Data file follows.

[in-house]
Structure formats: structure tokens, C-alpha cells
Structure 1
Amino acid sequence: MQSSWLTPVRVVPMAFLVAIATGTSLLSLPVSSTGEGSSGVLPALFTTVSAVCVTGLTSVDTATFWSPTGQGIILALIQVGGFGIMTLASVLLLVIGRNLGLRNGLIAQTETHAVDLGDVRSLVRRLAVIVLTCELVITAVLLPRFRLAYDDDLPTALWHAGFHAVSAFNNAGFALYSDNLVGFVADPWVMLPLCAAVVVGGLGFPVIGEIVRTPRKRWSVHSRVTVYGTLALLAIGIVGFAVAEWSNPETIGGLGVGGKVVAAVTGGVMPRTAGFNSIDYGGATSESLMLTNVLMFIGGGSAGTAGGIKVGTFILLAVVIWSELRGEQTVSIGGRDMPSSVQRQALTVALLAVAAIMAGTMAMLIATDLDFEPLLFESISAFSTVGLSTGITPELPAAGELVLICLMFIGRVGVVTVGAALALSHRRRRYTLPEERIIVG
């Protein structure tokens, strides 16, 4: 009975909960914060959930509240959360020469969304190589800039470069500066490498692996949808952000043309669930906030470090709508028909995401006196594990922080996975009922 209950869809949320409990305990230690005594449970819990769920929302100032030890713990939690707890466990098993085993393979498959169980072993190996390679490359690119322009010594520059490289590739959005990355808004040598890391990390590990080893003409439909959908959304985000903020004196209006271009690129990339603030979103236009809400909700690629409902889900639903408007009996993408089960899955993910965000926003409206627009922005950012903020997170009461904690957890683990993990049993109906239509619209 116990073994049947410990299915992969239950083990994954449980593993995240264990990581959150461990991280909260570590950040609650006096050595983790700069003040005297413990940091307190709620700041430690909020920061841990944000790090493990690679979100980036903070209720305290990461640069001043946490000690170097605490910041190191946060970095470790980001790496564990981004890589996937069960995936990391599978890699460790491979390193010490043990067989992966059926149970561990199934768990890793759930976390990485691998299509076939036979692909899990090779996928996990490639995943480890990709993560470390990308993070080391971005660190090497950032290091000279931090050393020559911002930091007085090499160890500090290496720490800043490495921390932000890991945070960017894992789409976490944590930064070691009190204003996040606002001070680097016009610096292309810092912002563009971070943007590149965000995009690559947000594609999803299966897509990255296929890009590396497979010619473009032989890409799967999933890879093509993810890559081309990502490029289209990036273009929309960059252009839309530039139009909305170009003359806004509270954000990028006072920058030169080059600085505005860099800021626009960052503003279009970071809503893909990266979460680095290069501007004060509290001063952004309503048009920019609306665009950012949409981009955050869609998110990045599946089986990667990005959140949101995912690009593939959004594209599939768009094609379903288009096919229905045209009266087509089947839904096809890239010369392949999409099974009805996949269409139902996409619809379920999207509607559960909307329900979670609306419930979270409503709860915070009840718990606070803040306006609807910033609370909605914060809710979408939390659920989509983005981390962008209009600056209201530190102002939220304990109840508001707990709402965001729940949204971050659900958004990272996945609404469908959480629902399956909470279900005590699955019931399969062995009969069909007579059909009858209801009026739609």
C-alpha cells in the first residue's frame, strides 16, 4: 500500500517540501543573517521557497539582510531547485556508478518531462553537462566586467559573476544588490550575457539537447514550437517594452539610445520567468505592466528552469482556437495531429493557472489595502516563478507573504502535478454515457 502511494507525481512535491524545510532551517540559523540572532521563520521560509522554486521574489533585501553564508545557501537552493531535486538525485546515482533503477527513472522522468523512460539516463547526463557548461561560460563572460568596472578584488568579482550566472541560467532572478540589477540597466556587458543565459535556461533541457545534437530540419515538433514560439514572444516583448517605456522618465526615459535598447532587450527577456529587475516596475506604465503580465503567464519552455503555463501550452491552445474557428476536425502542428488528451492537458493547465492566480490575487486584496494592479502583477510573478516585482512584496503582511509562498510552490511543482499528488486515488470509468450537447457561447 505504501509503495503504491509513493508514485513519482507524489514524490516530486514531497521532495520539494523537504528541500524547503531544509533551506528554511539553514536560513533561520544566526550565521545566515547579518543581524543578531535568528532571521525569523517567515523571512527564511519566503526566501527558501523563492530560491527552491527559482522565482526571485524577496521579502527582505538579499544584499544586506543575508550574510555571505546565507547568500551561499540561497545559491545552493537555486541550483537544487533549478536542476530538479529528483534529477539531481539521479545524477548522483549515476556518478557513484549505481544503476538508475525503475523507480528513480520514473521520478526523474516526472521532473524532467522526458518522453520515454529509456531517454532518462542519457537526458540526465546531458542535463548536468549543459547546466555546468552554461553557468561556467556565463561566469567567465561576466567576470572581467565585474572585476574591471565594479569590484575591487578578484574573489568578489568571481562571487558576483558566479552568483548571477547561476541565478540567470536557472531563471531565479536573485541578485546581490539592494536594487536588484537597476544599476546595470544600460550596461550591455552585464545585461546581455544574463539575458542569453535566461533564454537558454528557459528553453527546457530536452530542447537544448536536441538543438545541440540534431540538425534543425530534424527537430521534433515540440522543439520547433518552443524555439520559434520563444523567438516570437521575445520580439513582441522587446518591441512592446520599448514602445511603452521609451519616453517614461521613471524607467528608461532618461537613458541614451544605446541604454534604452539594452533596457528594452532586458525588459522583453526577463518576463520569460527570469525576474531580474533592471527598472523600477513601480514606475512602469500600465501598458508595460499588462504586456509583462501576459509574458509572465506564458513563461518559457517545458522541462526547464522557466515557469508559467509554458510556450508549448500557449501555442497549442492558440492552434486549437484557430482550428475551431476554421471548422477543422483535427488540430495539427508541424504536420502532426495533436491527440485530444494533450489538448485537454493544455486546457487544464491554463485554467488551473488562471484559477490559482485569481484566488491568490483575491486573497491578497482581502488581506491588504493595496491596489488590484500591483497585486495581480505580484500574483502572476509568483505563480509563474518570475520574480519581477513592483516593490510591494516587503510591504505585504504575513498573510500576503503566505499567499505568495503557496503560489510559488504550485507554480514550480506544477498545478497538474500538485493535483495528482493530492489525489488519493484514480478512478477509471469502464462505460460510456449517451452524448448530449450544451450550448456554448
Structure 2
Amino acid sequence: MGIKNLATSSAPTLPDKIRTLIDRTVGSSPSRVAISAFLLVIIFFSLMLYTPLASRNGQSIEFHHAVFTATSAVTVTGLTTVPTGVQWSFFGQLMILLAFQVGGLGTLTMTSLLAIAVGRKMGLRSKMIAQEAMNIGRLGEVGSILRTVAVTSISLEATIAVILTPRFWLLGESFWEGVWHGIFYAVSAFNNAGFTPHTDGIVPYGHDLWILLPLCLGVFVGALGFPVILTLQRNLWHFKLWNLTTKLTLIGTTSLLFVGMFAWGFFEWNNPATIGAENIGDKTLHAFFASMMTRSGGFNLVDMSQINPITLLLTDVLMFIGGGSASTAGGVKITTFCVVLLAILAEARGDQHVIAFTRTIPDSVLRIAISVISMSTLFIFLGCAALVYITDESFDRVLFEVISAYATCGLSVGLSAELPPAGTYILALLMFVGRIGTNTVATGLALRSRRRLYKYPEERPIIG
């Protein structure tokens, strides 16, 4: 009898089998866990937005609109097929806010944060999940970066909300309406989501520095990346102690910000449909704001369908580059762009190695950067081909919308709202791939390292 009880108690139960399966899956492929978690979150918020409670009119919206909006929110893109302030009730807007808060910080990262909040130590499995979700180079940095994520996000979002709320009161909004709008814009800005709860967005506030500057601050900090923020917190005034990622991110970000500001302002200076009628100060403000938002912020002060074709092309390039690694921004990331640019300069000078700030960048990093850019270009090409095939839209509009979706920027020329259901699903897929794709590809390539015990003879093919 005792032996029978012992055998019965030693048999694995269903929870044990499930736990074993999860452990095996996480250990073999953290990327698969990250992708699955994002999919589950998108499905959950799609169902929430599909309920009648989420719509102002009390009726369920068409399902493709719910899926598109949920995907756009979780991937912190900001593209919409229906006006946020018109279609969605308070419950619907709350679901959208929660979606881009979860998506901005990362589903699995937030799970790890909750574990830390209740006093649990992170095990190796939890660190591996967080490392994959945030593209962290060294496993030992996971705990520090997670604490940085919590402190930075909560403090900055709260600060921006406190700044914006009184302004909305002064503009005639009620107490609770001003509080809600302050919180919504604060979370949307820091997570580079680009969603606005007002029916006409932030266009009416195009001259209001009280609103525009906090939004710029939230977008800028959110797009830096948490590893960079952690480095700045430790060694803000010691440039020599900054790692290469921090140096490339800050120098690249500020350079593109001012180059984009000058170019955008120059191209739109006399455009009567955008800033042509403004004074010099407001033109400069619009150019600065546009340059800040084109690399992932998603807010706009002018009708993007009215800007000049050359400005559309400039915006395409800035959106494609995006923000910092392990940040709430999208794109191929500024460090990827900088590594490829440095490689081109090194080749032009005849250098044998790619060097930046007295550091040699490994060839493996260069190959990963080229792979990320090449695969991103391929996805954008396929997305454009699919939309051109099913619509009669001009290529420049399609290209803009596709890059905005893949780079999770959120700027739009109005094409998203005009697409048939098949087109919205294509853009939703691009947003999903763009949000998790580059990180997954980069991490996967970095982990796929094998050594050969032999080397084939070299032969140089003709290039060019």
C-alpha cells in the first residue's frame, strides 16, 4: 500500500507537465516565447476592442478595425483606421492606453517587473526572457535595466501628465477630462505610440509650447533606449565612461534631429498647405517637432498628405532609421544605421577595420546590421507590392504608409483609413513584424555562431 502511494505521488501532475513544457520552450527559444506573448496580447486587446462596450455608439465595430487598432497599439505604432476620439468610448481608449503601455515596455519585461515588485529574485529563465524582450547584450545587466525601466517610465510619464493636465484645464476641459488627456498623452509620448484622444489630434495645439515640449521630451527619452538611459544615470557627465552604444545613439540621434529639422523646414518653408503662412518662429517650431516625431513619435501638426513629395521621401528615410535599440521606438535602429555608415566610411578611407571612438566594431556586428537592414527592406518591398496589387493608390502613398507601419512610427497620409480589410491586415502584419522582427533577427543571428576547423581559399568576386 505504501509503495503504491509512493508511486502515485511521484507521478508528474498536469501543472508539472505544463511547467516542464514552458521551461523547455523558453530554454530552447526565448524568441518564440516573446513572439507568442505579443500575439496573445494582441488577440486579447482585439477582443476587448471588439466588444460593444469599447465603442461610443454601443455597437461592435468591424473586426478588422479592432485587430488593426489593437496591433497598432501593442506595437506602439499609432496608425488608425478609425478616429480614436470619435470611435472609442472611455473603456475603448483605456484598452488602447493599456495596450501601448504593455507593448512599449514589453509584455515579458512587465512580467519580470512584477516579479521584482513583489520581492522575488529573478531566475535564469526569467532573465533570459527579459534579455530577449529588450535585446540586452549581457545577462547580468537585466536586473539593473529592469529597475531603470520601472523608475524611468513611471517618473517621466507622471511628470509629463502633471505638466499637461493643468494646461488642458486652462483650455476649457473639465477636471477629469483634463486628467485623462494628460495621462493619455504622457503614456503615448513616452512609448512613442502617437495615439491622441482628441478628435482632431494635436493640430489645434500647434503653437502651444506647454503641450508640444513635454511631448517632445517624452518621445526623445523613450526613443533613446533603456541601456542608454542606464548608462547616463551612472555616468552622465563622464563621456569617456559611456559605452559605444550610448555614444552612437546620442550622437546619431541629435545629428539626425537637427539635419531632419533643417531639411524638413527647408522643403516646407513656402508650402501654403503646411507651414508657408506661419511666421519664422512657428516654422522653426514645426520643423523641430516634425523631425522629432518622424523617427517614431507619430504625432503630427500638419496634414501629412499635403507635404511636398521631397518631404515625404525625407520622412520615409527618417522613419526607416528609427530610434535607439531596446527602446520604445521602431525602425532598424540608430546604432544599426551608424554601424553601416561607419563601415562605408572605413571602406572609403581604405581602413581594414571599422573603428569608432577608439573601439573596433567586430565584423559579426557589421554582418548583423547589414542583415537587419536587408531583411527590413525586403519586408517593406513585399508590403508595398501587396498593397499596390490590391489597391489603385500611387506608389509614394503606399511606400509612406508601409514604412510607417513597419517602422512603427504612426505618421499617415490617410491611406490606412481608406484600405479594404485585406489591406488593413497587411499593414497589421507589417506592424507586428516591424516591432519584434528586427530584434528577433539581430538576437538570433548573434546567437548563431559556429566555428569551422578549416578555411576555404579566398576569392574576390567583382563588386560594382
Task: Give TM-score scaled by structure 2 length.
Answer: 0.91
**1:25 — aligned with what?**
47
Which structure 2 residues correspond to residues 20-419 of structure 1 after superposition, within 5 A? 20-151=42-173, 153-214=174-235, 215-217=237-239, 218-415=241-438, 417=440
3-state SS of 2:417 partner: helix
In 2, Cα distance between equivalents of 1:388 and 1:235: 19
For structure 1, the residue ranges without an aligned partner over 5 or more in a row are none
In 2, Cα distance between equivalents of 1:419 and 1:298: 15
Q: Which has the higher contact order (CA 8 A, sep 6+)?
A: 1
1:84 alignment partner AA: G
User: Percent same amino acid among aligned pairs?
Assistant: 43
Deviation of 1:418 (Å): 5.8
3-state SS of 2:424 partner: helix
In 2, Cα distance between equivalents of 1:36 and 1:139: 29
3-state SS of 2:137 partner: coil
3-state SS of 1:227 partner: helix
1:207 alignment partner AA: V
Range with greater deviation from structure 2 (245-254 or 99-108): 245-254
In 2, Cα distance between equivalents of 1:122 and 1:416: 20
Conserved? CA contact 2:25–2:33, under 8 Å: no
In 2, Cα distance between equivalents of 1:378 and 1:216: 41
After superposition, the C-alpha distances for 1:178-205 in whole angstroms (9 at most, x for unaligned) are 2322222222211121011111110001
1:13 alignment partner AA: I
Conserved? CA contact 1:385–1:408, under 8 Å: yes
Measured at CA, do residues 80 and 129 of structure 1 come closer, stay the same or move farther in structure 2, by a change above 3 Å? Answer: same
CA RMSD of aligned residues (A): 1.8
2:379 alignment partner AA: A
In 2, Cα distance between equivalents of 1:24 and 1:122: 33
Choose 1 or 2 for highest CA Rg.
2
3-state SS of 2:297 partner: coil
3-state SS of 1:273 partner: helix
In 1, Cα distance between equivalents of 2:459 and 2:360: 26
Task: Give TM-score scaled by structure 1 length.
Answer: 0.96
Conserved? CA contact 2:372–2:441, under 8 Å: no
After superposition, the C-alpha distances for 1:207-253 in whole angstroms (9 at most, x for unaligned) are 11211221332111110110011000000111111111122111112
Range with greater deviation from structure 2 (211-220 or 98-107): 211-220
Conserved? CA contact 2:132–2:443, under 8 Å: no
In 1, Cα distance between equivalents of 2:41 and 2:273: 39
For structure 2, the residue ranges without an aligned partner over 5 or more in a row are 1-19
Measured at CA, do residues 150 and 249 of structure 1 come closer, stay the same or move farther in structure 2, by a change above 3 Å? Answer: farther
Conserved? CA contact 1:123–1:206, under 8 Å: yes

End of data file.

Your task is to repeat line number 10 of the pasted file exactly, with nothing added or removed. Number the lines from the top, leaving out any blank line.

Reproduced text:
C-alpha cells in the first residue's frame, strides 16, 4: 500500500507537465516565447476592442478595425483606421492606453517587473526572457535595466501628465477630462505610440509650447533606449565612461534631429498647405517637432498628405532609421544605421577595420546590421507590392504608409483609413513584424555562431 502511494505521488501532475513544457520552450527559444506573448496580447486587446462596450455608439465595430487598432497599439505604432476620439468610448481608449503601455515596455519585461515588485529574485529563465524582450547584450545587466525601466517610465510619464493636465484645464476641459488627456498623452509620448484622444489630434495645439515640449521630451527619452538611459544615470557627465552604444545613439540621434529639422523646414518653408503662412518662429517650431516625431513619435501638426513629395521621401528615410535599440521606438535602429555608415566610411578611407571612438566594431556586428537592414527592406518591398496589387493608390502613398507601419512610427497620409480589410491586415502584419522582427533577427543571428576547423581559399568576386 505504501509503495503504491509512493508511486502515485511521484507521478508528474498536469501543472508539472505544463511547467516542464514552458521551461523547455523558453530554454530552447526565448524568441518564440516573446513572439507568442505579443500575439496573445494582441488577440486579447482585439477582443476587448471588439466588444460593444469599447465603442461610443454601443455597437461592435468591424473586426478588422479592432485587430488593426489593437496591433497598432501593442506595437506602439499609432496608425488608425478609425478616429480614436470619435470611435472609442472611455473603456475603448483605456484598452488602447493599456495596450501601448504593455507593448512599449514589453509584455515579458512587465512580467519580470512584477516579479521584482513583489520581492522575488529573478531566475535564469526569467532573465533570459527579459534579455530577449529588450535585446540586452549581457545577462547580468537585466536586473539593473529592469529597475531603470520601472523608475524611468513611471517618473517621466507622471511628470509629463502633471505638466499637461493643468494646461488642458486652462483650455476649457473639465477636471477629469483634463486628467485623462494628460495621462493619455504622457503614456503615448513616452512609448512613442502617437495615439491622441482628441478628435482632431494635436493640430489645434500647434503653437502651444506647454503641450508640444513635454511631448517632445517624452518621445526623445523613450526613443533613446533603456541601456542608454542606464548608462547616463551612472555616468552622465563622464563621456569617456559611456559605452559605444550610448555614444552612437546620442550622437546619431541629435545629428539626425537637427539635419531632419533643417531639411524638413527647408522643403516646407513656402508650402501654403503646411507651414508657408506661419511666421519664422512657428516654422522653426514645426520643423523641430516634425523631425522629432518622424523617427517614431507619430504625432503630427500638419496634414501629412499635403507635404511636398521631397518631404515625404525625407520622412520615409527618417522613419526607416528609427530610434535607439531596446527602446520604445521602431525602425532598424540608430546604432544599426551608424554601424553601416561607419563601415562605408572605413571602406572609403581604405581602413581594414571599422573603428569608432577608439573601439573596433567586430565584423559579426557589421554582418548583423547589414542583415537587419536587408531583411527590413525586403519586408517593406513585399508590403508595398501587396498593397499596390490590391489597391489603385500611387506608389509614394503606399511606400509612406508601409514604412510607417513597419517602422512603427504612426505618421499617415490617410491611406490606412481608406484600405479594404485585406489591406488593413497587411499593414497589421507589417506592424507586428516591424516591432519584434528586427530584434528577433539581430538576437538570433548573434546567437548563431559556429566555428569551422578549416578555411576555404579566398576569392574576390567583382563588386560594382